Few buildings are as quintessentially New York than the Empire State Building. But the thing is, you can probably skip it. It’s likely you actually want to get the building’s iconic Art Deco silhouette in your shot of the city skyline — and that’s not really possible when you’re standing on top of it.
If you really want to see the Empire State Building, don't go to it © Istvan Kadar Photography / Getty Images
So unless you’re desperate to reenact your favorite scenes from Sleepless in Seattle or An Affair to Remember, you’re better off saving your money. Here are seven other places you should go instead.
From the deck of the Top of the Rock you have a perfect view of the Empire State building © John Turp / Getty Images
Top of the Rock
The three-level observation deck on the 67th, 69th and 70th floors of 30 Rockefeller Plaza doesn’t just provide you with a sweeping view of Manhattan (including the Empire State Building). From the deck’s northern outlook, you’ll also get a great shot of the 2.5 miles of Central Park stretching up toward Harlem.
While the tickets for Top of the Rock are timed for entry, there’s no limit to how long you can spend up there, so head up early if you want to snag a good vantage point for sunset. (You can also get great views from the balcony at Bar SixtyFive on the building’s 65th floor, but will need a minimum $65 spend.)
One of the Lower East Side’s newest residents, this ultra-zen hotel has a lot going for it – not least of which is the sweeping view of Lower Manhattan from its super-chilled 11th-floor rooftop bar, Last Light. Open from 3 pm until 2 am daily, this particular aerial watering-hole is a lot more laid-back than other hotel rooftop bars in the Bowery neighborhood.
If you want to go to the tallest building in New York City head to One World Trade Observatory © Michael Lee / Getty Images
One World Trade Observatory
There was a time when the Empire State Building was the tallest structure in New York City, but now that it’s been bumped down to number three on the list, save your money for a visit to the reigning champ. On a clear day, the One World Trade Observatory offers views of all five of the city’s boroughs and some neighboring states. It’s also worth it for the time-lapse journey of the NYC skyline’s evolution that you’ll be treated to in the SkyPod elevators on the way up.
The William Vale
For an all-encompassing view of Manhattan’s eastern flank (which is pretty spectacular come sunset), reserve a balcony table at The William Vale hotel’s rooftop bar, Westlight, in Williamsburg, Brooklyn. The street-food inspired fare will make it all the more enjoyable.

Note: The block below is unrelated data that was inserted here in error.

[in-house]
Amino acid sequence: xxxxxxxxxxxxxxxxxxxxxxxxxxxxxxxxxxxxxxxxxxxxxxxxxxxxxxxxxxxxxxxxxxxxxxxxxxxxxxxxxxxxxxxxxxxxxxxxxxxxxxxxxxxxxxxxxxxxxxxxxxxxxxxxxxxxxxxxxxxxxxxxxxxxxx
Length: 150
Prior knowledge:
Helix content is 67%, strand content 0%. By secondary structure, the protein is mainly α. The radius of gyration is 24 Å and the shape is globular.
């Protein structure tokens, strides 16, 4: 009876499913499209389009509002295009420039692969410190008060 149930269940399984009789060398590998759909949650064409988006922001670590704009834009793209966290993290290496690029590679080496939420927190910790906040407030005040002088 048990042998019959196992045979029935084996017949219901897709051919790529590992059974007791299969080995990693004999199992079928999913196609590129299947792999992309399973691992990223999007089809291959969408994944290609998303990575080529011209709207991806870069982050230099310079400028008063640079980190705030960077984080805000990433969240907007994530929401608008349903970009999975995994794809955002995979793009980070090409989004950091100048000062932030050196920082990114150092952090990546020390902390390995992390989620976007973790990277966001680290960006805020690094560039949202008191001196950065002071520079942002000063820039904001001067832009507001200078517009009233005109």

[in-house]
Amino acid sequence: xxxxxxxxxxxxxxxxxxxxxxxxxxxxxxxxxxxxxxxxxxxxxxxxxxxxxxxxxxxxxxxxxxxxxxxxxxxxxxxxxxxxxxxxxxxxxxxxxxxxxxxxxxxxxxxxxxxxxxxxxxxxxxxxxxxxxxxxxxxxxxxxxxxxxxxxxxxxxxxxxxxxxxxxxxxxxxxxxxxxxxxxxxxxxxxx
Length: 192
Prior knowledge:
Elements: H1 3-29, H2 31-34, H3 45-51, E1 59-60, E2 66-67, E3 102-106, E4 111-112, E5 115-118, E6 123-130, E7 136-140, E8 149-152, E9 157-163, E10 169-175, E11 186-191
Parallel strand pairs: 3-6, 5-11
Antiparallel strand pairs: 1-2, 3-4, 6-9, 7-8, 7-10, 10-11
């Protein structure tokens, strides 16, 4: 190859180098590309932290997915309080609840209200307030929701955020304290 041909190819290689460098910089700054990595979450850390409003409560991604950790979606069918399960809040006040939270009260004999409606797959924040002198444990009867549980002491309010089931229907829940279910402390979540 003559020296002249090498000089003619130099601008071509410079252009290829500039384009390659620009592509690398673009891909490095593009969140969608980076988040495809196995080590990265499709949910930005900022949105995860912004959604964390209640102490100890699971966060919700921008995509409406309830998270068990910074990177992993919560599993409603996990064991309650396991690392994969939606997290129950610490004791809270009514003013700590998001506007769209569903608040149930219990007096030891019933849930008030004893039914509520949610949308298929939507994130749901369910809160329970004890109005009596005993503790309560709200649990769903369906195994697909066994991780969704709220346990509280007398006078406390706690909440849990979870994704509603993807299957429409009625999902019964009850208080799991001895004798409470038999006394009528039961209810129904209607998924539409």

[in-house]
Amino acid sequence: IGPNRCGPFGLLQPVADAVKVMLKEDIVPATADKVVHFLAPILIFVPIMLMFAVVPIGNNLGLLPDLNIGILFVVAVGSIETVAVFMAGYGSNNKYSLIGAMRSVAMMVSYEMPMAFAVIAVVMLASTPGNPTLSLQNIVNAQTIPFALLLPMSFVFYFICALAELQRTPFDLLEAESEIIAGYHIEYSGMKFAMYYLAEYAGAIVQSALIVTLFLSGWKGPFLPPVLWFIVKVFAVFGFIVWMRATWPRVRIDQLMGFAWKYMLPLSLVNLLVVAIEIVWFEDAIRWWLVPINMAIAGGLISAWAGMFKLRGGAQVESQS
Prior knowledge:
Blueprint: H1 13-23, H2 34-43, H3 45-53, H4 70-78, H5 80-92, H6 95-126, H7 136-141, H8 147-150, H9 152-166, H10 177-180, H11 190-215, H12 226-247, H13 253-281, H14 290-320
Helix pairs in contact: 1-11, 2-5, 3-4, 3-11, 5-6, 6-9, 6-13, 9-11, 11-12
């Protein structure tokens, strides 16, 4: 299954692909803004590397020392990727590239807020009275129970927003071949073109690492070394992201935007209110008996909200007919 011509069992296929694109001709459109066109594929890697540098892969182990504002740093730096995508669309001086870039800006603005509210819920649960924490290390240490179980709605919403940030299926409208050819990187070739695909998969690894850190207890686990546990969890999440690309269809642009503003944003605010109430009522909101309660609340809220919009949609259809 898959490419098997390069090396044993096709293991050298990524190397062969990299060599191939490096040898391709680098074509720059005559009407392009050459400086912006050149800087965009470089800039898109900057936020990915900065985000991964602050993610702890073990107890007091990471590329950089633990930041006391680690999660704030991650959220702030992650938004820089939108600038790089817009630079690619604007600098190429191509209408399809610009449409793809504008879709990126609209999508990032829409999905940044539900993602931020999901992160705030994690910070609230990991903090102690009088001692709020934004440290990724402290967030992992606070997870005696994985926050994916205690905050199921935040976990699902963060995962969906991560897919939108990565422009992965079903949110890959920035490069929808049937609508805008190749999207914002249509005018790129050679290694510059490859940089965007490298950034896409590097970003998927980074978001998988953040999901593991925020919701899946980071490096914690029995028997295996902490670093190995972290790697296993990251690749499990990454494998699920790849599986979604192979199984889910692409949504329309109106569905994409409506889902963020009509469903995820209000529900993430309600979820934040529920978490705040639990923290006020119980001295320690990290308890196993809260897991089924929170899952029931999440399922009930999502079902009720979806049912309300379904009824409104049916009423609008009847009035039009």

One of the closest glimpses you can get of the Empire State Building is from A.R.T., the rooftop bar at the Arlo NoMad hotel on E 31st St (the Empire State is between E 33rd and E34th). Not only can you enjoy a cocktail while you angle your perfect Instagram shot, but you can also test your nerves on the bar’s skywalk – a transparent glass floor that looks directly down onto the street 31 floors below.
For great views of the city take a picnic to this park © gqrocha / Getty Images
FDR Four Freedoms Park
This Louis Kahn–designed park on Roosevelt Island is something of an architectural feat in itself. And while you can’t quite see the Empire State Building from here, it does offer an excellent view of the United Nations Building and other skyscrapers lining the banks of the East River. Aside from being a really nice picnic spot with stellar views, it’s also a coveted perch for viewing the Fourth of July fireworks and Manhattanhenge.
Seaplane to the Hamptons
This one’s a little splurge – OK, a big splurge – but if you’re Hamptons-bound anyway and can’t bear to squeeze in with everyone in the Jitney or inch along the Long Island Expressway among the other traffic, it might be well worth it. Why? Because as you come into land on the East River, (and you’re sitting on the right side of the plane), you’re privy to a stunning close-up view of the Manhattan skyline that you can’t get anywhere else.
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